“The G-20 communique says if the $2 trillion initiative is fully implemented, it will lift global GDP by 2.1 percent above expected levels by 2018 and create millions of jobs. Abbott said countries agreed on more than 800 new measures to spur the global economy, which the IMF describes as facing a “new mediocre.”
“People right around the world are going to be better off,” he said. But the G-20, which represents around 85 percent of the global economy, faces an uphill struggle to implement its plan after international agencies downgraded their global growth forecasts in recent months. Growth in China and Japan has weakened and Europe is teetering on the brink of another recession.
And experts warned that the countries would need to comply with every one of the 800 measures to achieve the 2.1 percent target, a virtually impossible task, given the difficulties they will inevitably face in pushing some of the policies through in their home countries.
“There are two questions: whether the specifics are credible and whether the political backing by leaders is convincing,” said Thomas Bernes, an analyst with the Center for International Governance Innovation, a Canadian-based think-thank.”
Abbott said the group had been most productive on the issue of trade, calling it the “key driver of growth.” The leaders adopted reforms to streamline customs procedures and reduce regulatory burdens.
Again, the decision to “reduce regulatory burdens” in trade is to be welcomed, but it remains to be seen if it is actually implemented. The question of payment for the various infrastructure plans is not addressed above, but presumably this will involve a lot of government spending. As Ludwig von Mises noted to this point:
“At the bottom of the interventionist argument there is always the idea that the government or the state is an entity outside and above the social process of production, that it owns something which is not derived from taxing its subjects, and that it can spend this mythical something for definite purposes. This is the Santa Claus fable raised by Lord Keynes to the dignity of an economic doctrine and enthusiastically endorsed by all those who expect personal advantage from government spending. As against these popular fallacies there is need to emphasize the truism that a government can spend or invest only what it takes away from its citizens and that its additional spending and investment curtails the citizens’ spending and investment to the full extent of its quantity.”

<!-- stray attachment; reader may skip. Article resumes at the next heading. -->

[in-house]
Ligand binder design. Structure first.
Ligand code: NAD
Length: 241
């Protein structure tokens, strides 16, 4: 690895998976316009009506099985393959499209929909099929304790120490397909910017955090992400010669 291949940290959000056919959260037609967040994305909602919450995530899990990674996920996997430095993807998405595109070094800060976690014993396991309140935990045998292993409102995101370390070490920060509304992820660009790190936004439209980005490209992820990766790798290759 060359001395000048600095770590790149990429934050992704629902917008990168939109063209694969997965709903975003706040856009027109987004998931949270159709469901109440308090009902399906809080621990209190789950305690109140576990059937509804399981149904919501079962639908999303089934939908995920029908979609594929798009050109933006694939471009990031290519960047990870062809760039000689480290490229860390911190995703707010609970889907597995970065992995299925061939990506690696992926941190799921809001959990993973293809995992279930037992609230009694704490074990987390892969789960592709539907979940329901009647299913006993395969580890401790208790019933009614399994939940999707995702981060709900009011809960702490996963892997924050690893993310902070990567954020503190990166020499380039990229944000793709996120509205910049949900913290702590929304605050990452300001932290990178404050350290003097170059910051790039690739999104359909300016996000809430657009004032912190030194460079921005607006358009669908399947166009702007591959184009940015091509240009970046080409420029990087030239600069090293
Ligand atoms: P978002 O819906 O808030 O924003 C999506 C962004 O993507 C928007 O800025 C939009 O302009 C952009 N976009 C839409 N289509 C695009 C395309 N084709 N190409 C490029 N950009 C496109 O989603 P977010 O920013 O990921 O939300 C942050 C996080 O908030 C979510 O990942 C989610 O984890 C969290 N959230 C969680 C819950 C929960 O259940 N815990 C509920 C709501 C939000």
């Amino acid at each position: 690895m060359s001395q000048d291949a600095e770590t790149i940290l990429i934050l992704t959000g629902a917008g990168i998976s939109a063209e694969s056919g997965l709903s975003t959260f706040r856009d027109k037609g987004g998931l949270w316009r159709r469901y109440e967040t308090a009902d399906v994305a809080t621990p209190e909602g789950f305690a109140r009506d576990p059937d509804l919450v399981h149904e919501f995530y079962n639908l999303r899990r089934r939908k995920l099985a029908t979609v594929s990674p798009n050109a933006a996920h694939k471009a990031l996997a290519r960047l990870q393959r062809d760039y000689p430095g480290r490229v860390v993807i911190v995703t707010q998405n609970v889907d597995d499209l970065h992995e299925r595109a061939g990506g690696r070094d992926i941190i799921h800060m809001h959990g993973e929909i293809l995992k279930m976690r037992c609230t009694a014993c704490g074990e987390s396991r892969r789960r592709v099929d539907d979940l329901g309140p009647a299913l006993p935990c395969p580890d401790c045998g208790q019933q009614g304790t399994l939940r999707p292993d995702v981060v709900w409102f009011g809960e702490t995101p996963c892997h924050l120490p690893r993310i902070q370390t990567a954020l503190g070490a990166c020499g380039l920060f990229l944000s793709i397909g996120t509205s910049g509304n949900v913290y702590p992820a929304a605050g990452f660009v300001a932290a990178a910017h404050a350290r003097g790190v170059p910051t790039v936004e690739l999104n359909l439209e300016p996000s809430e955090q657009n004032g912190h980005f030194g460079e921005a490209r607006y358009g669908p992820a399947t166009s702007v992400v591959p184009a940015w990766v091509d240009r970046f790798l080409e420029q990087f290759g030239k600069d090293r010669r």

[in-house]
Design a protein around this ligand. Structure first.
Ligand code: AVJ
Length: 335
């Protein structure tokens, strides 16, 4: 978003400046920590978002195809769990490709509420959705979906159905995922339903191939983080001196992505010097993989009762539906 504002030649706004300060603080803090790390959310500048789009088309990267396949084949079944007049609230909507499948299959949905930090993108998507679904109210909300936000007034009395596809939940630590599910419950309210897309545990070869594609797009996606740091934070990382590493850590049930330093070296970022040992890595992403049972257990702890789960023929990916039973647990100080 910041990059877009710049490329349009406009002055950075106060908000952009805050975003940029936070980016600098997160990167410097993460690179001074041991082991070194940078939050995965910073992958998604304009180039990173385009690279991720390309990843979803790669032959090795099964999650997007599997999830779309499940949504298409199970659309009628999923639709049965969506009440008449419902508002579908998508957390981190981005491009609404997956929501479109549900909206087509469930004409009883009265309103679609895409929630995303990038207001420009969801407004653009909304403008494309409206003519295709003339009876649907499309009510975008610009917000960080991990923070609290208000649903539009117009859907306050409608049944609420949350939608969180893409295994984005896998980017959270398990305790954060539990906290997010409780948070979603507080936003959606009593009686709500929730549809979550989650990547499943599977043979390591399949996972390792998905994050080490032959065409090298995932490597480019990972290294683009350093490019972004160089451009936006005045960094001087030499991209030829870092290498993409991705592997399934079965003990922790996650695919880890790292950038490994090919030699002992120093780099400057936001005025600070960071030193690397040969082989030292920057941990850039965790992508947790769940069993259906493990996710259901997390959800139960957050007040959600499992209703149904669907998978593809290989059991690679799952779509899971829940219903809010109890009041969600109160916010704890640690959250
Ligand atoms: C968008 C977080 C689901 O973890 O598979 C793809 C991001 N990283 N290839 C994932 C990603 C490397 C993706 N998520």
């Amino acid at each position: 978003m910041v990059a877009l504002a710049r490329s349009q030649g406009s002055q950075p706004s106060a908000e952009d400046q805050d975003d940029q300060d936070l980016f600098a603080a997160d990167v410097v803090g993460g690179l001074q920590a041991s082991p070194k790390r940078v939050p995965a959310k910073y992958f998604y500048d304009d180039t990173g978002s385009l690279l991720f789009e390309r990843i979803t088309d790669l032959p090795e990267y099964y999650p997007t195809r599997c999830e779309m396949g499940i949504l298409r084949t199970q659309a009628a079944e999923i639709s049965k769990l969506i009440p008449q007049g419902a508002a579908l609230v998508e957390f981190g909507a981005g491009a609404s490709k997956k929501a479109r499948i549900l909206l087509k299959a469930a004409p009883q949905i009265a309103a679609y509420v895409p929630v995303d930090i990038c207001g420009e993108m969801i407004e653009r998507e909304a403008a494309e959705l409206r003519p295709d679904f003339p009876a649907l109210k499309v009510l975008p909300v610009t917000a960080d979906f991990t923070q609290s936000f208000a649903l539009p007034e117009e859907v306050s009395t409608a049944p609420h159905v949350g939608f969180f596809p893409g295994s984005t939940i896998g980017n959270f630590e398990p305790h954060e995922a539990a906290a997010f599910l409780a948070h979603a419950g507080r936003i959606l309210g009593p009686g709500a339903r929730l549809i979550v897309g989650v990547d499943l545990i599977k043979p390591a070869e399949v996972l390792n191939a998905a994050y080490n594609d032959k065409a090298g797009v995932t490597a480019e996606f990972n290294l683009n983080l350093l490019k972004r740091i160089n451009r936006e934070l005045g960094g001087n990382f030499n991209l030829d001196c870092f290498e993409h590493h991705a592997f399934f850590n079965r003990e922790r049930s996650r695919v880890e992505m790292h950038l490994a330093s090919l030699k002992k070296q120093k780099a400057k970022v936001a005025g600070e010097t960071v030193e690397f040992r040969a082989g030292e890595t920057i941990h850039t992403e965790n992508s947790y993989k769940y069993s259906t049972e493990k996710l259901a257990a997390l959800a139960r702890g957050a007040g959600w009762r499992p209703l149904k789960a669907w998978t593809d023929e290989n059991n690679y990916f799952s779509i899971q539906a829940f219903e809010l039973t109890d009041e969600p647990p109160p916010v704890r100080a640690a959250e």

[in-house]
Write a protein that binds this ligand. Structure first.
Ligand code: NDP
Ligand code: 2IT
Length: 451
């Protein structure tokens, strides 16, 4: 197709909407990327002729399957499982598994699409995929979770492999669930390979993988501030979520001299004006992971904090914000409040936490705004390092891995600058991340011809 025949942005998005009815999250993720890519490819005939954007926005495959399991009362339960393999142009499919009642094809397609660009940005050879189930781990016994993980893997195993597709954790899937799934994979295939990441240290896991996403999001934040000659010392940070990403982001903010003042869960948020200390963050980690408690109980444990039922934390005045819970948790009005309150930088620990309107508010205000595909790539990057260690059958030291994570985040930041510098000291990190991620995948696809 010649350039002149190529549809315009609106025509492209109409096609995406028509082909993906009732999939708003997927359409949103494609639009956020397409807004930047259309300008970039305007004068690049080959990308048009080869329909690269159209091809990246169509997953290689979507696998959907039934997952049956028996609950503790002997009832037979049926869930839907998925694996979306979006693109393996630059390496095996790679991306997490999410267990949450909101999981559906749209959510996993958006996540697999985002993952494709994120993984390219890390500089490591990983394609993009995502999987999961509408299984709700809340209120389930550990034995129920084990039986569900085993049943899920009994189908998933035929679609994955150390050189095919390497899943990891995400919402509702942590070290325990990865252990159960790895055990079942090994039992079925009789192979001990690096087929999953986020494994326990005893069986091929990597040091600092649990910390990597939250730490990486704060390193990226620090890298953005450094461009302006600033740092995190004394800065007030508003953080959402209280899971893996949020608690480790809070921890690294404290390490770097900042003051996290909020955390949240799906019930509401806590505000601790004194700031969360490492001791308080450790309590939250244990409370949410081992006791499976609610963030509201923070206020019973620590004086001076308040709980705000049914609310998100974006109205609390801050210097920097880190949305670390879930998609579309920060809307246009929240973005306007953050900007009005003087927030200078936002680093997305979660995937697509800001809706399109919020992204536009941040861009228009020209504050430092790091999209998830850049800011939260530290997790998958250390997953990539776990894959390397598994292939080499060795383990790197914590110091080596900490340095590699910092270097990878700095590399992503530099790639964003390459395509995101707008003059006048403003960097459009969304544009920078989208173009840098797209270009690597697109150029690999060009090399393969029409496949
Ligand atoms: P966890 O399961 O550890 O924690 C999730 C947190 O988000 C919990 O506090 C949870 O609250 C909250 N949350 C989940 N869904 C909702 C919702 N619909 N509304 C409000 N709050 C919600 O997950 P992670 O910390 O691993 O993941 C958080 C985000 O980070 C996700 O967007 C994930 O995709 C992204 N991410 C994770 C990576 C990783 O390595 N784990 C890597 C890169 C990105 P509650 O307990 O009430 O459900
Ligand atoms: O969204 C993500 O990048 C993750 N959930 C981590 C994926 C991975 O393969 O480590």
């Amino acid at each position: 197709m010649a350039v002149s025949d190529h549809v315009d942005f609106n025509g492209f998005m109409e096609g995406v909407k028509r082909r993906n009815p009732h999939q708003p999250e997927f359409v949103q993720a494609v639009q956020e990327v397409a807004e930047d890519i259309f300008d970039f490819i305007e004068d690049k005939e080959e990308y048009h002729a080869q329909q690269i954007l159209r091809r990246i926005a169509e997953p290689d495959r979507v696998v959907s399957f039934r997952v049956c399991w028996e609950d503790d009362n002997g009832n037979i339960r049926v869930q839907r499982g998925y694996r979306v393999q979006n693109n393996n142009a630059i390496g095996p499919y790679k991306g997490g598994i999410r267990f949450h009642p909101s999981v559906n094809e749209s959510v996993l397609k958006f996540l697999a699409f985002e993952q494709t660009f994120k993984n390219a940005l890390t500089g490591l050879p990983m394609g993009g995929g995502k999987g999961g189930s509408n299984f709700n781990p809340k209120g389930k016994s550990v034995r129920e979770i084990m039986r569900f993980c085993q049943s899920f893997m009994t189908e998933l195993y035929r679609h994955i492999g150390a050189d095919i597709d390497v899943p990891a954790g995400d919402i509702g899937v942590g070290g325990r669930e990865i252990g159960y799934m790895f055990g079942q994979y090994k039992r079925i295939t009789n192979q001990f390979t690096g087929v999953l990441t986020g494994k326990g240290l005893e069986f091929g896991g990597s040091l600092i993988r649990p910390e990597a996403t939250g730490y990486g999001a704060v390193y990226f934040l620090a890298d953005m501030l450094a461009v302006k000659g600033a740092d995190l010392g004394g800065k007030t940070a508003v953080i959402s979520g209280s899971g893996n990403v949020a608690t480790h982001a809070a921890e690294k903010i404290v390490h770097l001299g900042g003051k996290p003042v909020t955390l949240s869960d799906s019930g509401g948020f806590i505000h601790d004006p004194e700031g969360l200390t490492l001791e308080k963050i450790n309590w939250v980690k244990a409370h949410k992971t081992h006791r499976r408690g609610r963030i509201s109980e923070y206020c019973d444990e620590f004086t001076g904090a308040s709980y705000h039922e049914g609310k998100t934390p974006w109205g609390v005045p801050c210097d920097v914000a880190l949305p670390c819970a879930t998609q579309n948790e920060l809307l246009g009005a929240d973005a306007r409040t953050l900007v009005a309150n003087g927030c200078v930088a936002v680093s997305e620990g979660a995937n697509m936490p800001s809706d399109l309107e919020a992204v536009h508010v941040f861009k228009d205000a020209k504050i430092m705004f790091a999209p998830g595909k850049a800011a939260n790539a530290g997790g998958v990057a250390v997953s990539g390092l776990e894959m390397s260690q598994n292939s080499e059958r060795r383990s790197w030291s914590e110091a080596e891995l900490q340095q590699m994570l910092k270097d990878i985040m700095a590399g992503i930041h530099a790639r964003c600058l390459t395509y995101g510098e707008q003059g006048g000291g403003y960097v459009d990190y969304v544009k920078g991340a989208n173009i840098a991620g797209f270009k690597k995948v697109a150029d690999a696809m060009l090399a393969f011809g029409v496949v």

Elsewhere we read that they plan to “tackle climate change and crack down on tax avoidance.” The former is a Don Qixote-like fight against windmills, except that it is several orders of magnitudes more expensive and a lot less entertaining. The latter can only be done by erasing what pitiful remains of financial privacy still exist and by closing the few loopholes that still allow capitalism to breathe. Neither will do anything for “growth” in the sense of improving anyone’s living standards (political cronies excepted of course).
So long, and thanks for all the fish…it took more than $400 million for this bunch to meet and issue another meaningless communique at the end. We can assure you we can throw a party for 20 people for slightly less than that.
(Screenshot via Gateway House)
Main Course: Putin Bashing
As mentioned by the AP above, the summit was “overshadowed” by various government leaders (with the notable exception of those representing the bulk of the world’s population, i.e., the BRICs) competing with each other who could beat his breasts more forcefully over Vlad the Terrible from Russia. The latter let it be known that he would not sit idly by while Kiev’s military resumed shooting the Eastern Ukraine to rubble and complained, not unreasonably, of the fact that the Western press is as one-sided as the Russian press in its reporting on events there. Surprisingly though, the Western mainstream press for once actually did report on the fact that Eastern Ukrainian citizens blame no-one but Kiev for their misery – but of course, they are uneducated sub-humans that should best be nuked, so what do they know? The lack of education of the people living in the war zone is also demonstrated by the fact that the estimated 900,000 or so Eastern Ukrainian citizens who have fled the scene almost to a man seemed unable to read a map. We must conclude this from the fact that nearly all of them fled to Russia into the arms of evil Vlad instead of fleeing into the warm embrace of democratic Western Ukraine.